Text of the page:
a corrosion-resistant metallic cover (14) consisting of two equal halves fittingly enclosing the heating assemblies, while forming a connecting cavity enclosed by the cover and a cord inlet opening (17); a multicore electric cord (1) sealingly secured to the opening (17) by a cap (21) and having core conductors (11) connected to the terminal rods (5) tightening nuts (6);

a plurality of short porcelain tubes (12) fitted on bare portions of the conductors extending between the terminal rods (5) and the opening (17); a plurality of thermally contractable first silicone tubes (13a), each enclosing one of the conductors (11) on the outside of the short porcelain tubes (12) fitted thereon; and

a plurality of thermally contractable second silicone tubes (1312), each covering one of the first silicone tubes (13a) together with the associated connecting portion of the conductor, inclusive of the terminal rod (5) and the tightening nut (6) connected thereto.

3. An electric immersion heater according to claim 1, wherein the heating element assemblies (1) are straight and disposed in parallel with each other.

4. An electric immersion heater according to claim 3 and further including a common connecting bar (8), wherein three straight heating element assemblies (1) are used, which are star-connected by joining one ends of the heating element assemblies in common to the connecting bar (8), and said cord (10) has three core conductors (11), each connected to the opposite end of the corresponding heating element assembly l).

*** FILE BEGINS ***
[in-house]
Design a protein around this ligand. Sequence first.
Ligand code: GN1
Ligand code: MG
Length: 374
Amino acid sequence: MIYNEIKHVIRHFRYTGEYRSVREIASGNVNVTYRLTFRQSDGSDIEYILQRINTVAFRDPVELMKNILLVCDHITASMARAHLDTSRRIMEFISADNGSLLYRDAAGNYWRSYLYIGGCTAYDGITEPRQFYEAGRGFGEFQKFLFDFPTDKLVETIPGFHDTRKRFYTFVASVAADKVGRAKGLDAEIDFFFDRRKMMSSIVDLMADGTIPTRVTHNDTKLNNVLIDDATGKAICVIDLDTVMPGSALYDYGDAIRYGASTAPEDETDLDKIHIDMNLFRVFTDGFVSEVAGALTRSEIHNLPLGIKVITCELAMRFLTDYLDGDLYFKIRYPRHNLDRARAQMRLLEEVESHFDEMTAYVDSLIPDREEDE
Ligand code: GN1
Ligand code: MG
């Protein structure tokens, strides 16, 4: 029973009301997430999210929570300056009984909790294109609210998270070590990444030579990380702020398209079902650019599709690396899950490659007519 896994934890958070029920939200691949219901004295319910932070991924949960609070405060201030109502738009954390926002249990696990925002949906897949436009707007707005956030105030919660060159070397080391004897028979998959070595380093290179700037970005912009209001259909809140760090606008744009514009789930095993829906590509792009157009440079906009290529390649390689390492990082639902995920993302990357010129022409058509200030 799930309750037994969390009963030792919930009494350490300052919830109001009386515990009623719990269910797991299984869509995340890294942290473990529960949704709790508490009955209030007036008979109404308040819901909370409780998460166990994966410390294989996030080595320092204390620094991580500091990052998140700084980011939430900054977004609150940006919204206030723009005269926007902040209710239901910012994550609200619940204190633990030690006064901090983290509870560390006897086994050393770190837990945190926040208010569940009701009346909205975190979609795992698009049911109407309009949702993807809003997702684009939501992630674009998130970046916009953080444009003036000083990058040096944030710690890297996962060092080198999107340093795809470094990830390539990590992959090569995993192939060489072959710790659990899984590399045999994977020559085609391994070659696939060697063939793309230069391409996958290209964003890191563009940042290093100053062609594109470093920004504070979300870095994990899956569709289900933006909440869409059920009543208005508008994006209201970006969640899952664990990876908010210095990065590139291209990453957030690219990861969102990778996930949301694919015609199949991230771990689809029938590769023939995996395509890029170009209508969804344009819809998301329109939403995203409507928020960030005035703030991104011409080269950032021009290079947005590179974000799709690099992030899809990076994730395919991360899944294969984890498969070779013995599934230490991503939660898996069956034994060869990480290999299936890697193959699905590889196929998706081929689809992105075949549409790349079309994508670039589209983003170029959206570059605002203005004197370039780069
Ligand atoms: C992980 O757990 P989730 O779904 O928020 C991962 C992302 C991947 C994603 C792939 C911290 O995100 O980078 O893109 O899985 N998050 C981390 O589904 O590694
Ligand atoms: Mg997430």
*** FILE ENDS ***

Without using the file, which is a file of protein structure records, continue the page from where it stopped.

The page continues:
5. An electric immersion heater according to claim 2 and further including a common connecting bar (8), wherein three U-shaped heating element assemblies (1) are used, which the star-connected by joining one ends of the heating element assemblies in common to the connecting bar (8), and said cord (10) has three core conductors (11), each connected to the opposite end of the corresponding heating element assembly (1).

6. An electric immersion heater according to claim I, wherein the corrosion-resistant cover has at least one heat radiating fin integrally secured thereto.

Patent Citations
Cited PatentFiling datePublication dateApplicantTitle
US2659795 *Nov 1, 1951Nov 17, 1953Wiegand Co Edwin LSheathed resistor electric heater
US2727120 *Mar 8, 1952Dec 13, 1955Wiegand Co Edwin LElectric heaters
US3340382 *May 3, 1965Sep 5, 1967Arc O Vec IncMulti-cell electrical heater
Referenced by
Citing PatentFiling datePublication dateApplicantTitle
US4468556 *Aug 9, 1982Aug 28, 1984Emerson Electric Co.Electric heating elements
US5109473 *Dec 18, 1990Apr 28, 1992Process Technology Inc.Heater assembly for use in a corrosive environment
US5380987 *Nov 12, 1993Jan 10, 1995UopElectric heater cold pin insulation
US20070223896 *Feb 6, 2007Sep 27, 2007Bents Scott HMethod for assembly of three-phase heater
US20140110399 *Jun 14, 2013Apr 24, 2014Kensuke NORITAKEWire connection structure for three-phase sheath type heater, three-phase sheath type heater provided with the structure, and wire connection method for three-phase sheath type heater
EP0432016A1 *Nov 28, 1990Jun 12, 1991VulcanicElectric immersion heater, especially for corrosive liquids, and its manufacturing process
WO1999001011A1 *Jun 26, 1998Jan 7, 1999Eckert C EdwardElectric heating element and heater assembly
Classifications
U.S. Classification392/500, 392/503, 219/538, 392/448, 219/523
International ClassificationH05B3/80, H05B3/42, H05B3/50, H05B3/78
Cooperative ClassificationH05B3/80, H05B3/50
European ClassificationH05B3/80, H05B3/50